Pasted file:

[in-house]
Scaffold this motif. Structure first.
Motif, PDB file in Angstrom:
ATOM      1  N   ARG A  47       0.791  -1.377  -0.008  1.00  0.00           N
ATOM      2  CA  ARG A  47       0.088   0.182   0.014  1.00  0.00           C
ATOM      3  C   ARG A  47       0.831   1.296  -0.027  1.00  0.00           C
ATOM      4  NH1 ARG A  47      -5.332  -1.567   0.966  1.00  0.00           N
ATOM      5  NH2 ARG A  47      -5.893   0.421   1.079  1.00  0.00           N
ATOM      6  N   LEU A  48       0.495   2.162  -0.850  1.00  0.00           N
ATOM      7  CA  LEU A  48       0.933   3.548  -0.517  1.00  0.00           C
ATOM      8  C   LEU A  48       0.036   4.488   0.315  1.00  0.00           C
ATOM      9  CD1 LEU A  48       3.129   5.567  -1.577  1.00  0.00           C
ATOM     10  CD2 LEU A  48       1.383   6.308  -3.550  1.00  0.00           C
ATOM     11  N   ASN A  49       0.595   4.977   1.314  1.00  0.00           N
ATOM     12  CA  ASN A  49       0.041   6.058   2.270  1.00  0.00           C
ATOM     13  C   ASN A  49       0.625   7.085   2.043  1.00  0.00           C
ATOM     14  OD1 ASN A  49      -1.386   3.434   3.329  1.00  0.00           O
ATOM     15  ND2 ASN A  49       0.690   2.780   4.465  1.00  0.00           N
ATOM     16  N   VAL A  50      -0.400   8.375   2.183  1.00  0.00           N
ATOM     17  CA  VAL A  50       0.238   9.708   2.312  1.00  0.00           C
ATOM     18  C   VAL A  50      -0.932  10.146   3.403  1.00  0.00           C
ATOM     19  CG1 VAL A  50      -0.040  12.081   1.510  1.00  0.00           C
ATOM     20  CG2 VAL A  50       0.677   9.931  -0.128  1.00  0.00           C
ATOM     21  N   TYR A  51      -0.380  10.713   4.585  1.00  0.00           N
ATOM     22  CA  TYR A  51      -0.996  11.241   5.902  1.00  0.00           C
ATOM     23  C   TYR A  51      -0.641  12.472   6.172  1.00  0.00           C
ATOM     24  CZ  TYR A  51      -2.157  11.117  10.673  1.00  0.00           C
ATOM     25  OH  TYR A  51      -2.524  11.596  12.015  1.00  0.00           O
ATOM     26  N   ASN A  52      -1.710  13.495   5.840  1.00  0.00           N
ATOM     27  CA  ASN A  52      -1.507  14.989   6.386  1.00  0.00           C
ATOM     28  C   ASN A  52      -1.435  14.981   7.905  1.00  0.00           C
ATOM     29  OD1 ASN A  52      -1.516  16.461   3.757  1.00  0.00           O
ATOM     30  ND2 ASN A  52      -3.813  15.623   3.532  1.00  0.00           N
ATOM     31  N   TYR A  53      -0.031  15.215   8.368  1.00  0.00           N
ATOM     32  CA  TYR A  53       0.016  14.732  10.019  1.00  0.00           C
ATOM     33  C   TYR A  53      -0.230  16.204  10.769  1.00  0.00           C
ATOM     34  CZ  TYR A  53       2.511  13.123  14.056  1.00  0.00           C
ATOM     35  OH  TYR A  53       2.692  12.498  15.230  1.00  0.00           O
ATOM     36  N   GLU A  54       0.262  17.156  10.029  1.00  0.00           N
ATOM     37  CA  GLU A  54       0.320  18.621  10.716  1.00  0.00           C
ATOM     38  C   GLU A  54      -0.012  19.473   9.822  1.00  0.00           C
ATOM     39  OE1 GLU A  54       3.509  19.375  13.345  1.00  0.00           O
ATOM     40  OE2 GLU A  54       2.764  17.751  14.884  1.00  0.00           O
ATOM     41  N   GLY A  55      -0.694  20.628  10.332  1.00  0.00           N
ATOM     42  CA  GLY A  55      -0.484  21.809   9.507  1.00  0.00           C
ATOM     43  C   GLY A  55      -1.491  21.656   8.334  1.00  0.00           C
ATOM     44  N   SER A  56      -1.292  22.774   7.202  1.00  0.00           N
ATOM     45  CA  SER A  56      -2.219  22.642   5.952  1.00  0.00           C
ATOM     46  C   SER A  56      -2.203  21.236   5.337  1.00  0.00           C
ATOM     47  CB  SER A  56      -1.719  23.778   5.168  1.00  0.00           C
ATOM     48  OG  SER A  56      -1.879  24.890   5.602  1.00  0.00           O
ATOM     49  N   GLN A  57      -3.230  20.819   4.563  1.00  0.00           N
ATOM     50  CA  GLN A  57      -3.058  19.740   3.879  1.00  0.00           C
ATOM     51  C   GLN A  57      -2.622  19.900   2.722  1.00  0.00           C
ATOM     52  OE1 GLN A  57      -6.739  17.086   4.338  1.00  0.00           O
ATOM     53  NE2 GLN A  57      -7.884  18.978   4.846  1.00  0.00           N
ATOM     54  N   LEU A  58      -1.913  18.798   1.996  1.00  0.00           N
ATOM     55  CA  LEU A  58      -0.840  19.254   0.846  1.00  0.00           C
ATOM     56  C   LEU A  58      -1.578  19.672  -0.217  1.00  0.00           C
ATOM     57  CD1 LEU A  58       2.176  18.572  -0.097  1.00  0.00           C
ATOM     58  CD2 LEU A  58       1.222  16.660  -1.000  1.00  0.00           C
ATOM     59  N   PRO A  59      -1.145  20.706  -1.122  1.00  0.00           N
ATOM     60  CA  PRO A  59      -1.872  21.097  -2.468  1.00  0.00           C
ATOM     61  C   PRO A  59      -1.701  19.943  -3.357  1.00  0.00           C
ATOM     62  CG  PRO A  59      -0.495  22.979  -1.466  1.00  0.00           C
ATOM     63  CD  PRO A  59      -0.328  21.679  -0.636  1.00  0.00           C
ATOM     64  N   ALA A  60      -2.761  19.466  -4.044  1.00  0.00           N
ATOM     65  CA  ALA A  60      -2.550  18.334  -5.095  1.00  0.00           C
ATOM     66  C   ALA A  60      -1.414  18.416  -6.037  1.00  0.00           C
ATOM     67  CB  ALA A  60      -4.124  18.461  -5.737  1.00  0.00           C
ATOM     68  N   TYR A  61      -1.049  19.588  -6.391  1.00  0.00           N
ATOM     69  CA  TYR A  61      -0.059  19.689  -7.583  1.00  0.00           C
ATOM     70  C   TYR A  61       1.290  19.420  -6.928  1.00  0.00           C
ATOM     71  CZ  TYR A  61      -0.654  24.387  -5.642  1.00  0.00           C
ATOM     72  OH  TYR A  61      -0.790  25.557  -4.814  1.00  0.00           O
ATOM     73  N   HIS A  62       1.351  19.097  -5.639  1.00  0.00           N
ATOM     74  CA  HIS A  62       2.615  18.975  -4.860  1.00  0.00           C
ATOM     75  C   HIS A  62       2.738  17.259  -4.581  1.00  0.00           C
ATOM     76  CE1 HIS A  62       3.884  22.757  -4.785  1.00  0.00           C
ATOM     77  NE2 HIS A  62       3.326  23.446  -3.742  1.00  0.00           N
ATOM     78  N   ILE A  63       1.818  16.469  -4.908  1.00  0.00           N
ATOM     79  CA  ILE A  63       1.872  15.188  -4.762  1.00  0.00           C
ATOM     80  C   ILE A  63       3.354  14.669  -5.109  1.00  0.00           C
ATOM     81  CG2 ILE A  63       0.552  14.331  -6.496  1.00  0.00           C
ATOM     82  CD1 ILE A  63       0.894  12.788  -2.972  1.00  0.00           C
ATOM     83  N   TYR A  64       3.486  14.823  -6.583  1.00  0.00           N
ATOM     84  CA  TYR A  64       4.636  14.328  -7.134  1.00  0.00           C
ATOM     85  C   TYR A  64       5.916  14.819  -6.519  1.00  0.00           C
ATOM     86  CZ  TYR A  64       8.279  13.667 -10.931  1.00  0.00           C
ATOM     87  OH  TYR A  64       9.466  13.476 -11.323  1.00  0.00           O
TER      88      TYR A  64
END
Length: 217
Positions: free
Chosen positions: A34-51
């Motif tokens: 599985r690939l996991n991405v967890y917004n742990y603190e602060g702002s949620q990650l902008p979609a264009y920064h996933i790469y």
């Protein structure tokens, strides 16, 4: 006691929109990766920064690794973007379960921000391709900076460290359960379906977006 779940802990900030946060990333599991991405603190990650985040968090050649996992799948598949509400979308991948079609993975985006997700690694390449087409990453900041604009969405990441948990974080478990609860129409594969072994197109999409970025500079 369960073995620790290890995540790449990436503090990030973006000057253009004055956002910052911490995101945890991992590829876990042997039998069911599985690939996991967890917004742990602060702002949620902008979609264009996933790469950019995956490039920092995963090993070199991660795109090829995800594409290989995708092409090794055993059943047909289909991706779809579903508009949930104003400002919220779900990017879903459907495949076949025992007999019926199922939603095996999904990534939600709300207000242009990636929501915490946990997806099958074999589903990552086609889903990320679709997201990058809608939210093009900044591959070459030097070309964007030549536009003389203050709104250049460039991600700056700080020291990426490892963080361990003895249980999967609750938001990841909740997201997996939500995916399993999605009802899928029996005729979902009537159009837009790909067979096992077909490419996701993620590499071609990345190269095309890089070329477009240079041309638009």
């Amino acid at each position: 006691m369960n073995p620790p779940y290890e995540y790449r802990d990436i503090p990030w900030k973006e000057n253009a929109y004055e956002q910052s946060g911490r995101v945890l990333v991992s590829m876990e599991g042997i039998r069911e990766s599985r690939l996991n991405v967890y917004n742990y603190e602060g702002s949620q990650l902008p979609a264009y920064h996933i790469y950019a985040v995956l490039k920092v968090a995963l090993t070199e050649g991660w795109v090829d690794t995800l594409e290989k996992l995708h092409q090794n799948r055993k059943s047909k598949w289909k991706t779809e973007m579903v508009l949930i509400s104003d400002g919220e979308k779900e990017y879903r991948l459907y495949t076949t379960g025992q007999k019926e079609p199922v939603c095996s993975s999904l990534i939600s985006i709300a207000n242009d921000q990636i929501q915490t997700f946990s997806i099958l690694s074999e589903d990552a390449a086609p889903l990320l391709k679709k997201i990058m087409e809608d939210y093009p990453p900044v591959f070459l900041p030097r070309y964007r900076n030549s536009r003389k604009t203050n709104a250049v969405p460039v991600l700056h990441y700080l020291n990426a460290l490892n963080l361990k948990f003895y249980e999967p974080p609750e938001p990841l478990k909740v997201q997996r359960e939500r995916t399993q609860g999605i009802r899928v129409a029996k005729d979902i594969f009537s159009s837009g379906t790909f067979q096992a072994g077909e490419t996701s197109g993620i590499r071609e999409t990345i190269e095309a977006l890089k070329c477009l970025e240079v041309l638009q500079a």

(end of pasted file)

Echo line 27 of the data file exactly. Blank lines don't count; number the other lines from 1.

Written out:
ATOM     24  CZ  TYR A  51      -2.157  11.117  10.673  1.00  0.00           C